November, 2016

Decentralised education


On his blog, Stephen Downes highlights this article from Alec Whitters which discusses the unbundling (or disaggregation) of textbooks.

This isn’t unique to publishing. The digital era has transformed the broadcast media, changing not only how and when we consume content, but given rise to new business models, such as subscription services. The influence of digital disruption on the education sector will likely extend beyond the how and when of where learning takes place, enabling new models for recognising when learning has taken place.

Unbundling and mobile consumption is already playing out in the education sector. Let’s take the rise of MOOCs as an example. Platforms such as FutureLearn have a single column design with text being kept to short ‘chunks’ (more akin to news articles) designed to optimise the experience for mobile users. In addition, edX has launched its mobile app.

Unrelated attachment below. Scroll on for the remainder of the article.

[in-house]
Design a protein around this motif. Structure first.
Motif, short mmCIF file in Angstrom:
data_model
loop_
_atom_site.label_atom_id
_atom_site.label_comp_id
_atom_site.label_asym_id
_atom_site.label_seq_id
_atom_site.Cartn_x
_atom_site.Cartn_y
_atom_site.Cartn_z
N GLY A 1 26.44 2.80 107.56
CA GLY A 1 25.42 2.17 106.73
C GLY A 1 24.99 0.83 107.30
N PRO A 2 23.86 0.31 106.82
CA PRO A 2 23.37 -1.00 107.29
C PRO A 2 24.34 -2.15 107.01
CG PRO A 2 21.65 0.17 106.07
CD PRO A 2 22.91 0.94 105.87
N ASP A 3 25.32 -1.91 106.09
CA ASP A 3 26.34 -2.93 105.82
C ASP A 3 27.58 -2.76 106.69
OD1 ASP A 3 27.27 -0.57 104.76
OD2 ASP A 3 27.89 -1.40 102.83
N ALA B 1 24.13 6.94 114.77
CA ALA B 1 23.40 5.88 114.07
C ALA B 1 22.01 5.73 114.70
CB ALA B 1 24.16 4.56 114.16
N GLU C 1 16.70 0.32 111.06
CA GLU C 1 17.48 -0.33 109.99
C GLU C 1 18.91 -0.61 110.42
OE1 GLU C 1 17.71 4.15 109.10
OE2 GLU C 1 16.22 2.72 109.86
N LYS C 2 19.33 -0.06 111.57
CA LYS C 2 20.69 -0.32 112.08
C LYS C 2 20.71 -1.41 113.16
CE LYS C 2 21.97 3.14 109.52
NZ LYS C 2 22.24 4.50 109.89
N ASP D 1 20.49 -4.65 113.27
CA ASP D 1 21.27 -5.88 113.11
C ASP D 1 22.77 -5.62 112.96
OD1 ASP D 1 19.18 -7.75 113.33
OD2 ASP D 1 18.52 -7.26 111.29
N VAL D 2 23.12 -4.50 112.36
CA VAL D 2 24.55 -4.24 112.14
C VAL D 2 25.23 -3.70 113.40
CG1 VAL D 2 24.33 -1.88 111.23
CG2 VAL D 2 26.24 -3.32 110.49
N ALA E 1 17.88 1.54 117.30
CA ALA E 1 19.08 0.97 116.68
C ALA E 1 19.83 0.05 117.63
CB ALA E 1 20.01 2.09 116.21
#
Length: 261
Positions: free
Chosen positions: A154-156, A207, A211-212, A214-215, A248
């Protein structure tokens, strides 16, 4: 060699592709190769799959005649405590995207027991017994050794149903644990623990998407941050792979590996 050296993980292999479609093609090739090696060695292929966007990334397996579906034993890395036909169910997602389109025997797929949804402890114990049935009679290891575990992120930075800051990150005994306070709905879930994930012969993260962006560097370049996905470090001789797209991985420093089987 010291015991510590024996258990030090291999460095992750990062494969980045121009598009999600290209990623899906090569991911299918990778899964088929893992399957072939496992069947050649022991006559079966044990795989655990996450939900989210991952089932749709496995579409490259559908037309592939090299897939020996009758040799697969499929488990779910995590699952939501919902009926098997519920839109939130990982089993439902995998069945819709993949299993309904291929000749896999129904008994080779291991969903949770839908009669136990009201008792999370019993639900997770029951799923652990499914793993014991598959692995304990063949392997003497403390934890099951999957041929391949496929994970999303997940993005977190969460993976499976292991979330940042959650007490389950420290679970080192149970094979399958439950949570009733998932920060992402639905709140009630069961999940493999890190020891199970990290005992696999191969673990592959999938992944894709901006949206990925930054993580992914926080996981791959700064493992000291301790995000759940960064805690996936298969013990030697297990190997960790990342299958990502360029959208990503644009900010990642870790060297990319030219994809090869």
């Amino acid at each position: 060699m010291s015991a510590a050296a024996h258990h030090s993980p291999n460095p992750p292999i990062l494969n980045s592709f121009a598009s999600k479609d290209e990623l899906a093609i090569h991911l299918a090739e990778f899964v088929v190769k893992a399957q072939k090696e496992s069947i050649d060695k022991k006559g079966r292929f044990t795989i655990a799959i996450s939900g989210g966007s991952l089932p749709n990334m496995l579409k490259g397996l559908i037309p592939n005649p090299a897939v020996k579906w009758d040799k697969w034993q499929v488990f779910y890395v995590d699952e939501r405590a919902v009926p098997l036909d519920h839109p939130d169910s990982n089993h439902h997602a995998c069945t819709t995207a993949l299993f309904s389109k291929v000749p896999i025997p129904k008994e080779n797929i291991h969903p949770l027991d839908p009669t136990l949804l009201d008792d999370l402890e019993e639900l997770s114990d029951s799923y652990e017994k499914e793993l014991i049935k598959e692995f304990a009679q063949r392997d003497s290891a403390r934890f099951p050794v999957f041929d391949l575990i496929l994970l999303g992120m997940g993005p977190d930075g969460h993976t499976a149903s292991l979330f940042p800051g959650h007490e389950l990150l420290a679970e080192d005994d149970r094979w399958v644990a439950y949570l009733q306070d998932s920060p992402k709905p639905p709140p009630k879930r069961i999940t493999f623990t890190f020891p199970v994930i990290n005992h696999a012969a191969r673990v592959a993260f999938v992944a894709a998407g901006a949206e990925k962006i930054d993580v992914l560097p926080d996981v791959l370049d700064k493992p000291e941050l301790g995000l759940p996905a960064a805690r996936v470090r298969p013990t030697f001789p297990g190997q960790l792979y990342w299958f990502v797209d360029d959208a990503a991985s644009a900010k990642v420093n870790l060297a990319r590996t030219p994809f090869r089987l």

In 2013, I was part of the team to incorporate summative assessment into our free OpenLearn courses (which typically consist of a few hours learning). This enabled learning in small chunks to be recognised with a Statement of Participation and it has been a natural progression to issue digital OpenLearn badges. These badges can be attached to a learner’s digital profile on Facebook, Twitter or LinkedIn.

Decentralisation and the impact on credentialing

The next evolutionary step in recognising learning, or credentialing, is currently underway. The Open University is investigating the potential of blockchains to create a public ledger of educational achievement, see

The blockchain, which underpins digital currencies, such as Bitcoin, could enable the creation of an educational currency where anyone in the community (i.e. teacher, student, professional and even enthusiast) can give anyone else educational credit. Eventually, it could enable digital recognition (e.g. OpenLearn badges) to be awarded for the demonstration of skills and expertise, and stored in a secure centralised environment.

This could disrupt the current educational model where credit for a qualification is inferred by a single institution. Instead, an educational currency could enable a learner to have greater portability of credit between institutions, and open up recognition based on merit, portfolios and evidence rather than qualification completion.

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© 2018 David Vince